Unaccompanied Immigrant Children

NIJC and its network of 1,500 pro bono attorneys provide legal counsel and representation to nearly 10,000 immigrants each year, including thousands of unaccompanied children detained in the Chicago area. Children seek refuge in the United States for many reasons: to escape war, gangs, or violence; to flee abuse; or to reunite with family. Others enter involuntarily as labor or sex trafficking victims. In recent years the number of unaccompanied immigrant children migrating to the United States has nearly tripled.

NIJC’s Immigrant Children’s Protection Project provides legal services to unaccompanied children held in Chicago-area shelters. The Children’s Protection Project visits all of these facilities on a weekly basis to interview the children, conduct legal assessments, and deliver “Know Your Rights” presentations that provide an overview of the immigration court process. This on-the-ground experience provides NIJC a unique in-depth perspective on the realities children face when they enter the U.S. alone, and on the need for systemic reforms to ensure children's human and due process rights in the complex immigration legal system.

Navigating the Immigration System

Unaccompanied immigrant children face many challenges navigating the immigration system alone, including:

  • No right to court-appointed counsel. Unless they can afford attorneys or secure pro bono counsel, they appear in court without legal representation.
  • A confusing and complex court system. Deportation proceedings against children often begin in the jurisdiction where the child is placed in the custody of the Department of Health and Human Services (HHS) Office of Refugee Resettlement (ORR). Once a child is released from an ORR shelter to a sponsor or to foster care, it is the child’s responsibility – regardless of age or legal representation – to submit paperwork to inform the court that he or she has moved and to file a formal motion to change venue if the new address is under the jurisdiction of a different court. If a child does not properly update his or her address, he or she could be ordered deported in absentia for failing to appear in court.
  • Lack of clear guidelines to grant relief. DHS has yet to provide clear guidelines on the exercise of prosecutorial discretion (PD) as it applies to UICs. Expanded exercise of PD would help provide relief for many UICs with strong ties to the United States who are not a priority for deportation.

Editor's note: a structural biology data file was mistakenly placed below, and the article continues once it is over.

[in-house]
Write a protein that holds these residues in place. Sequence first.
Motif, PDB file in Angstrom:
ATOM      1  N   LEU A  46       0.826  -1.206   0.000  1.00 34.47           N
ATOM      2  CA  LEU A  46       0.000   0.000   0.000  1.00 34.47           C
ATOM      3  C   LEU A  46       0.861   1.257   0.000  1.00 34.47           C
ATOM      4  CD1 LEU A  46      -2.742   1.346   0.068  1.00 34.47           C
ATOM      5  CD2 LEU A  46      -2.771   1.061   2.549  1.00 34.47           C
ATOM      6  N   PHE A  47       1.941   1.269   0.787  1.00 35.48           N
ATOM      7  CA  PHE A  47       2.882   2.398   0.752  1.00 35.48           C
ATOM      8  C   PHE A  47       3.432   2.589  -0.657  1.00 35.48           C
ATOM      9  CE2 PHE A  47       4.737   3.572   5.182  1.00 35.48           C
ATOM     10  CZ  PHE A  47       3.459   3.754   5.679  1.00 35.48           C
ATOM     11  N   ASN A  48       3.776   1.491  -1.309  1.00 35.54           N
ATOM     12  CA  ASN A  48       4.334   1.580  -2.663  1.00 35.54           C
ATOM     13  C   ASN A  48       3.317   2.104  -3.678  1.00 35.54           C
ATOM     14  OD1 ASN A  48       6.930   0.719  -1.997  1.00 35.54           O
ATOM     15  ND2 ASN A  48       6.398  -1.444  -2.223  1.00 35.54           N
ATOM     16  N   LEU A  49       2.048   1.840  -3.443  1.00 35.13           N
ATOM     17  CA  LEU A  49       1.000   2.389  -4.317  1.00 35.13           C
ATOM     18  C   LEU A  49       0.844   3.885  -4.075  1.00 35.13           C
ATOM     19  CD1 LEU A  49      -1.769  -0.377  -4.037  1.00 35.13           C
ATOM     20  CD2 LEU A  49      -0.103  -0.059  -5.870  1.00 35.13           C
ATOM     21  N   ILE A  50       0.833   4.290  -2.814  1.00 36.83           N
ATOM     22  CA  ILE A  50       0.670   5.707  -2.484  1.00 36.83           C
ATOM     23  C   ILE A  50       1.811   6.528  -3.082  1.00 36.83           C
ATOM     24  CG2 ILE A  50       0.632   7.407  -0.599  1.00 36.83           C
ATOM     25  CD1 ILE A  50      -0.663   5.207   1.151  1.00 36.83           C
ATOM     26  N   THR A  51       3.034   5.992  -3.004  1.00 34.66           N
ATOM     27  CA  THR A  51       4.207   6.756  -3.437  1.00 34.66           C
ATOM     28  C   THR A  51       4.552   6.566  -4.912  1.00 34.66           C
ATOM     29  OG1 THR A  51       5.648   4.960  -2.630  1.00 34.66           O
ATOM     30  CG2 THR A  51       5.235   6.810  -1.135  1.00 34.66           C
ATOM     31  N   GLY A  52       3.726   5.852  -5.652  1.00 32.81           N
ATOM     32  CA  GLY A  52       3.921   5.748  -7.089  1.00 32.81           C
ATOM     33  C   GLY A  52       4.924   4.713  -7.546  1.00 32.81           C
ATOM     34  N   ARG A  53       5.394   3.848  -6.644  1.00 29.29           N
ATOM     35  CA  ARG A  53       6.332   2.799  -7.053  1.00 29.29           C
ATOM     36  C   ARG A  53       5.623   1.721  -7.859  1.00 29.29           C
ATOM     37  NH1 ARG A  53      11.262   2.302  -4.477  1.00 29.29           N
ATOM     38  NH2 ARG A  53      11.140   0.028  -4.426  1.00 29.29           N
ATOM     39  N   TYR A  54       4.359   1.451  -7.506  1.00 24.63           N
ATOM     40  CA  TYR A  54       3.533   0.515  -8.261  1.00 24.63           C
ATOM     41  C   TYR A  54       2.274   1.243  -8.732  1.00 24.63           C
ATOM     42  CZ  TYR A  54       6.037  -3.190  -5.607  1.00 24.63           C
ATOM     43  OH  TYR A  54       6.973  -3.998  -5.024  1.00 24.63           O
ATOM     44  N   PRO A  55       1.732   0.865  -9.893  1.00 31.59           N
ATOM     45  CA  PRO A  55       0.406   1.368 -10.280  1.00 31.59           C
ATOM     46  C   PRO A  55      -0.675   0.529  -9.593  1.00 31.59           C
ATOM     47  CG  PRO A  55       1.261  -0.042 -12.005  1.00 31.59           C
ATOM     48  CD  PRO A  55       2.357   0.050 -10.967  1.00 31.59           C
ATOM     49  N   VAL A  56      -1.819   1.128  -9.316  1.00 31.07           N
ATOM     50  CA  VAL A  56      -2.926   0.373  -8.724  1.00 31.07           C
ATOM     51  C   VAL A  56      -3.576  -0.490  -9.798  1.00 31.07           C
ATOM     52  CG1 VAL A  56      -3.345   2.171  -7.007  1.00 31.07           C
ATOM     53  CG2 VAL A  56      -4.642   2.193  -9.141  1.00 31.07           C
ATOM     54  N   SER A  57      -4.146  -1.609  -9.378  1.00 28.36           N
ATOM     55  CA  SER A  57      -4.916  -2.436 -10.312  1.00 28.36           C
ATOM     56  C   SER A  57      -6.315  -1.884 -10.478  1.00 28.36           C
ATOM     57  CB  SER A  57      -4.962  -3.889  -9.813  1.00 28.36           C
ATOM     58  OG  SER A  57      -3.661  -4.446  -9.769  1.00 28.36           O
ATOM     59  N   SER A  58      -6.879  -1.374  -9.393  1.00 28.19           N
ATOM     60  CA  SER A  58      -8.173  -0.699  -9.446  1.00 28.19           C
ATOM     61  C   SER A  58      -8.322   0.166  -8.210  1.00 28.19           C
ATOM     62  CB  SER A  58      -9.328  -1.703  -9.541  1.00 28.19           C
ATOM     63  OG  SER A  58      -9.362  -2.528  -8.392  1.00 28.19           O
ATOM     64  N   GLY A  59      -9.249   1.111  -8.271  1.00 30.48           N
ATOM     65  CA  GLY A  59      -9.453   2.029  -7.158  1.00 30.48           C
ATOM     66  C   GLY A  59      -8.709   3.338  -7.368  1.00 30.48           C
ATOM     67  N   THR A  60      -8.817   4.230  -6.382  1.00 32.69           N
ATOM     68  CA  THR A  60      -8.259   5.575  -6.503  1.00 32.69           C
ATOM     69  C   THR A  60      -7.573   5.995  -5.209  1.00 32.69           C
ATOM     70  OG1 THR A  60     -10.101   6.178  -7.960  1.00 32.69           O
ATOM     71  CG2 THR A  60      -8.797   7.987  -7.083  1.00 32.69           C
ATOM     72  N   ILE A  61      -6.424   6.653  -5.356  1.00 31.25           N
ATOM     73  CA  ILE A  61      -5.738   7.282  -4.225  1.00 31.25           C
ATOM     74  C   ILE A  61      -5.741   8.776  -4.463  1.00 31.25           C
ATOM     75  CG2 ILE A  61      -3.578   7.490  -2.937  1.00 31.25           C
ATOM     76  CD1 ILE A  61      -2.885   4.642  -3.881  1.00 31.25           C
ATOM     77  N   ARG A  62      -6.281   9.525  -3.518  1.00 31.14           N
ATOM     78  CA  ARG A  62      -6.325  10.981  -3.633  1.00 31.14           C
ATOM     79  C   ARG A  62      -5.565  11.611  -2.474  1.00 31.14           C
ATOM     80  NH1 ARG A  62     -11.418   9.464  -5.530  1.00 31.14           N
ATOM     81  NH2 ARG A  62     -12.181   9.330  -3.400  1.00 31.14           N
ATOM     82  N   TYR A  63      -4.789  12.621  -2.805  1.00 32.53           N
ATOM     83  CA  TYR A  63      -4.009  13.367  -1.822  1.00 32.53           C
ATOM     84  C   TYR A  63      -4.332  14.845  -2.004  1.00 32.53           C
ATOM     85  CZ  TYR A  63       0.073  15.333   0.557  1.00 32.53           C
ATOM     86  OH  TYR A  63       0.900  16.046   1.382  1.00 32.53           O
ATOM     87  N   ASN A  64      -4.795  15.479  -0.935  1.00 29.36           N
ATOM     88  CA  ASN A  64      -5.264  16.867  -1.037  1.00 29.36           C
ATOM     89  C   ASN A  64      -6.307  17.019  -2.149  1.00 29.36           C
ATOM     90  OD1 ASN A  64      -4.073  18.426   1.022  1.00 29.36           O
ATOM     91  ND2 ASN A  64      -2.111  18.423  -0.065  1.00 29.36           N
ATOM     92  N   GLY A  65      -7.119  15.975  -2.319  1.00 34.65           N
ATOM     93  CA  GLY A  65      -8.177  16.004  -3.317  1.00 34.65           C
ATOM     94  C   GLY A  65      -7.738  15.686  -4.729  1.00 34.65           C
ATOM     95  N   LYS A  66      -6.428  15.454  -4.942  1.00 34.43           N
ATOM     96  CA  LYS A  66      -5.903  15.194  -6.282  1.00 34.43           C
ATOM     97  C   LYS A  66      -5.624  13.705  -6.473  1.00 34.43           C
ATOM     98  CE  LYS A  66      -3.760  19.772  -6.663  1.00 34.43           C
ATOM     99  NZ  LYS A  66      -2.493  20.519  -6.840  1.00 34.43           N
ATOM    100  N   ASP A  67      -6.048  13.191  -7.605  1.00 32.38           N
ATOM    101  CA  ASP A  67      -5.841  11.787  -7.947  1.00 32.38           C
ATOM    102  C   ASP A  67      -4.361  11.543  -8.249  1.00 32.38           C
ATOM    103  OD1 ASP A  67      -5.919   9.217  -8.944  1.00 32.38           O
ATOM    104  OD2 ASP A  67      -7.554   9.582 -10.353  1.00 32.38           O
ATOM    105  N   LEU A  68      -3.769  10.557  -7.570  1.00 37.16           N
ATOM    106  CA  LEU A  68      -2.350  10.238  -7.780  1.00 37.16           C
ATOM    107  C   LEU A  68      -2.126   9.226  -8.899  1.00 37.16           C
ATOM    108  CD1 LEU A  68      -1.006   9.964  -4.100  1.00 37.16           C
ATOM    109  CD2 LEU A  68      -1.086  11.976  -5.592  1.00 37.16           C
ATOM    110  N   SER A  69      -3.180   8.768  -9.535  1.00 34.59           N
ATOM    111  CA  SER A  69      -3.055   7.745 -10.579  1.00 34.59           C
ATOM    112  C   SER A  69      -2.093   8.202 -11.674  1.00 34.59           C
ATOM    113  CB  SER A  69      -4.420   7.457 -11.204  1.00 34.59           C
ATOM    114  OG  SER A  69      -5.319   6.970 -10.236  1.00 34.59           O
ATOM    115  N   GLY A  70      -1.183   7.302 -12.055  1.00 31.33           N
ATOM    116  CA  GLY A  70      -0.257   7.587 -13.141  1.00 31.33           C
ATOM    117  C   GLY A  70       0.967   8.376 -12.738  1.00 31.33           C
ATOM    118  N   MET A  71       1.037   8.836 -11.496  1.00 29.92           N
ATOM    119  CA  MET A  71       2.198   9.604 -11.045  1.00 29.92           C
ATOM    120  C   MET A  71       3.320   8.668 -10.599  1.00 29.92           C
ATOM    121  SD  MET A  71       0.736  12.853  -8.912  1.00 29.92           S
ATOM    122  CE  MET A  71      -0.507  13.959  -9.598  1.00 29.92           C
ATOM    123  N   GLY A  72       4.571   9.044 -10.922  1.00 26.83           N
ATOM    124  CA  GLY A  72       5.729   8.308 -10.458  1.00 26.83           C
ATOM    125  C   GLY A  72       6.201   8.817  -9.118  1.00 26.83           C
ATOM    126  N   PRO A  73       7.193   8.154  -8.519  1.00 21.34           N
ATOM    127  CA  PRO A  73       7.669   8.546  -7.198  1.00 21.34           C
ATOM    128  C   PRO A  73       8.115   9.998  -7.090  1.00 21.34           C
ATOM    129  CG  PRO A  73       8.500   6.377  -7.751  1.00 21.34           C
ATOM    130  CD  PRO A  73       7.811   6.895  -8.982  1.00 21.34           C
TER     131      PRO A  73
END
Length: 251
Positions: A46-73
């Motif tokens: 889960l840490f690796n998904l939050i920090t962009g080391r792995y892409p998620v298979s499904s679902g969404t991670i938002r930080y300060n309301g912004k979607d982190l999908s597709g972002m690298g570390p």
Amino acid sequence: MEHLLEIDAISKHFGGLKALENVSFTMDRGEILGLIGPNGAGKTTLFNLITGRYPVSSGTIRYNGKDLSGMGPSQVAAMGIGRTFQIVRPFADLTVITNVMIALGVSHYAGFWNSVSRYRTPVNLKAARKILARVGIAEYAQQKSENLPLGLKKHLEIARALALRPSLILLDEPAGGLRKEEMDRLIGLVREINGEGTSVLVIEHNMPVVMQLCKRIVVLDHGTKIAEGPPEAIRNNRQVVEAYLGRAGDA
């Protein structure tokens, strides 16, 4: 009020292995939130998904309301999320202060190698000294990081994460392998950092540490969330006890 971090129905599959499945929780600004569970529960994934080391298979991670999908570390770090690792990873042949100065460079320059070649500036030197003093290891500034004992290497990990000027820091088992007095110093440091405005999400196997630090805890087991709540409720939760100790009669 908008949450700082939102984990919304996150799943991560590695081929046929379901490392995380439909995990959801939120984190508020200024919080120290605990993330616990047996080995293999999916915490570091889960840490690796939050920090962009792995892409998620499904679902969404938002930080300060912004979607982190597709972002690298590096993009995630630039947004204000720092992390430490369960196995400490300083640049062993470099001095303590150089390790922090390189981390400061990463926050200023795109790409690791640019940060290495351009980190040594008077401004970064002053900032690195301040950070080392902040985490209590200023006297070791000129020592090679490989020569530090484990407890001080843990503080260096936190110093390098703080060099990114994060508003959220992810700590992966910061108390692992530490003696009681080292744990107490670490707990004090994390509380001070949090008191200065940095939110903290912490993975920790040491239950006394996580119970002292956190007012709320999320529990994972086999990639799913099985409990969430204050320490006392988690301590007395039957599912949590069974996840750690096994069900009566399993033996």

• Absence of legally binding regulations to protect children in DHS custody. Upon apprehension, UICs are held in DHS custody. Although there are standards to guide the treatment of UICs, DHS lacks appropriate legally binding regulations to protect children in their custody. Currently, little oversight exists to ensure that UICs are treated humanely and cared for according to child-appropriate protocols while in DHS custody.

Click here to learn more about these challenges in NIJC’s policy brief.

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Policy Recommendations

Regardless of their immigration status, unaccompanied immigrant children should be treated as children first. Children should not be expected to navigate a complex immigration system alone. Congress and the Obama Administration must take steps to provide critical safeguards to unaccompanied children, including:

  • Providing counsel to unaccompanied children. Children face insurmountable challenges and experience a denial of due process when navigating the U.S. immigration system without attorneys. Access to legal representation is critical for children to be able to understand the legal protection and immigration benefits that may be available.
  • Increasing funding for legal orientation programs (LOPs) at ORR shelters and legal orientation programs for custodians (LOPCs) when children are released. As unaccompanied children move more rapidly through the ORR system, the government must ensure that children receive basic information about their rights and responsibilities, and individualized legal assessments to understand whether they might be eligible for immigration relief. Once they are released, their family or sponsors must also have access to information about the immigration system so they can properly assist the children during the immigration process.
  • Enact protocols to end abusive treatment at the border. NIJC’s survey and mass complaint on behalf of 116 unaccompanied children abused in CBP custody demonstrate that unaccompanied children often are held in extreme temperatures, prevented from sleeping, provided with little food and placed in shackles by DHS officers at the border. DHS must develop legally binding regulations and oversight mechanisms, in collaboration with nongovernmental organizations who serve this population, to ensure officers treat children humanely.
  • Passing comprehensive immigration reform legislation so families can legally and safely reunify. Undocumented family members in the United States need a mechanism to safely and legally reunite with their children. Immigration reform must include provisions that allow parents to obtain lawful immigration status and petition for their children and other family members.

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NIJC Congressional Testimony

Advocacy Letters

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